Stress-Management Tips for Healthcare Workers
Jennifer LeClaire / Monster Contributing Writer
Whether you’re an ICU nurse dealing with life-or-death situations, a social worker counseling clients through traumatic events, a pharmacist faced with prescription quotas or another type of healthcare worker coping with your own pressures, learning to handle stress is critical to managing your career.
Ongoing stress can manifest itself in a host of physical and psychological symptoms, including headaches, sleep disturbances, poor concentration and depression. Research suggests that high stress levels may impair the immune system and increase the risk of cardiovascular disease and cancer.
Read how three healthcare professionals cope with job-related stress, and see how you can apply these strategies to your own career:
Talk It Out
Myra Rolfes is a nurse in the neonatal intensive-care unit (NICU) at Children’s Healthcare of Atlanta, where babies with life-threatening genetic problems are treated.
“Kids die in our unit pretty frequently,” says Rolfes, a 25-year veteran of the hospital. “Sometimes there is nothing we can do but provide support to the family. It’s pretty stressful.”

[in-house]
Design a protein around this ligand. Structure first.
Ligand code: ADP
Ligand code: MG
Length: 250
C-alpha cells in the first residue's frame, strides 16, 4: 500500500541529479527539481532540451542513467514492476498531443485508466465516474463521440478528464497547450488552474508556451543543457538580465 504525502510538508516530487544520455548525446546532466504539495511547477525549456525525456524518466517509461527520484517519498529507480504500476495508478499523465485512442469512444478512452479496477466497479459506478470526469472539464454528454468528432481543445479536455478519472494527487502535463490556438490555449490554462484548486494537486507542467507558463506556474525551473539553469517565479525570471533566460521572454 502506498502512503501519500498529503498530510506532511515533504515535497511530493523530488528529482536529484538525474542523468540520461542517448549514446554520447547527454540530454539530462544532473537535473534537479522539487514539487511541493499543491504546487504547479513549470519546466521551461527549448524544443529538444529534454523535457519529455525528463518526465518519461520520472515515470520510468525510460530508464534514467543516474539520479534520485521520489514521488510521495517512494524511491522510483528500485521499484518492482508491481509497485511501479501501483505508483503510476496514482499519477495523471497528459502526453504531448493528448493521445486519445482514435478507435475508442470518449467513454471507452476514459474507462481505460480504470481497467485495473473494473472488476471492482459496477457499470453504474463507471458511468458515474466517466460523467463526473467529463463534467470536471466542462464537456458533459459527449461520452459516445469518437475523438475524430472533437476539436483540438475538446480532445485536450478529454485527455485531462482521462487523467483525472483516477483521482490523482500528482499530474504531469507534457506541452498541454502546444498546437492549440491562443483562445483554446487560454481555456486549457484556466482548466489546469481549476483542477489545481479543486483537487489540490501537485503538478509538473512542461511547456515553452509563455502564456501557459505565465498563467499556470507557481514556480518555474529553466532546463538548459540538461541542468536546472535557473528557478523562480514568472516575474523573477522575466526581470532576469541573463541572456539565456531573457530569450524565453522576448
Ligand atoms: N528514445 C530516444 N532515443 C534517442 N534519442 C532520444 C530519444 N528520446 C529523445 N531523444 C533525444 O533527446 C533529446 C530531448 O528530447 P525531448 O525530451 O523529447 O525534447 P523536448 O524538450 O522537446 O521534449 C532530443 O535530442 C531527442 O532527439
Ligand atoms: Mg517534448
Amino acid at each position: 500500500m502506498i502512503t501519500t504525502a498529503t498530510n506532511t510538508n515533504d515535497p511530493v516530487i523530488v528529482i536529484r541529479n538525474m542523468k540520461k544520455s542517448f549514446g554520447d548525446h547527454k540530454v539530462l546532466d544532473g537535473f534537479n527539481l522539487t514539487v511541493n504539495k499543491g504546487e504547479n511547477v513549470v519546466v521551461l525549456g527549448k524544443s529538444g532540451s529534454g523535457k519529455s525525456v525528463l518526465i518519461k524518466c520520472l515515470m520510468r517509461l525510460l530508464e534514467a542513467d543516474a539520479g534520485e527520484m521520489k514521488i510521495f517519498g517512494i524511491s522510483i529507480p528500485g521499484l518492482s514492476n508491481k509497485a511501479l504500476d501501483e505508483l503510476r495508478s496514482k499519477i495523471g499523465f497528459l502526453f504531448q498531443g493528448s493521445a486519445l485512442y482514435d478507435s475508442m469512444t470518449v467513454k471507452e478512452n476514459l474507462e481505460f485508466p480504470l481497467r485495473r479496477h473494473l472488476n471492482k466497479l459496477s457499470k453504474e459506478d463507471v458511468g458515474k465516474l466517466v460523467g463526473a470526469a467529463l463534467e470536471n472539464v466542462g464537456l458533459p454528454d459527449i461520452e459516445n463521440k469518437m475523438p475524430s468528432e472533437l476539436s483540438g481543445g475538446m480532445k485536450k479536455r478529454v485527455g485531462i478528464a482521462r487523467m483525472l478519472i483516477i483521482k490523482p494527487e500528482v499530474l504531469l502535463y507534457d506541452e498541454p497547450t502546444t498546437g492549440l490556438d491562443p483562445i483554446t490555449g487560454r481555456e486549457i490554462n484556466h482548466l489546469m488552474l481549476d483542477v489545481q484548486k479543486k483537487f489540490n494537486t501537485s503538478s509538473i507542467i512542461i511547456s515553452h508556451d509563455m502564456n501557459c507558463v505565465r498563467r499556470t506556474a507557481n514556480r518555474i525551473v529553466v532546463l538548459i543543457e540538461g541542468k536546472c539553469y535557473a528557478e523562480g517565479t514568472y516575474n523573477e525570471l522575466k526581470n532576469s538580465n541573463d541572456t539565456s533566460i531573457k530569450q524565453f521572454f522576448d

Rolfes was near emotional burnout once after several patients died, but talk therapy got her through. “A team of chaplains meets with us regularly to talk about the stress and provide emotional support,” she says. “Sometimes the staff gets together right in the NICU [to] talk it out and support one another. That really renews my spirit.”
Some of the hospital’s workplace benefits, such as an on-site massage service and discounted gym memberships, can also help employees alleviate stress. In addition, the hospital runs “Club Med,” a wellness program offering photography, yoga and other classes designed to reduce stress and encourage work/life balance.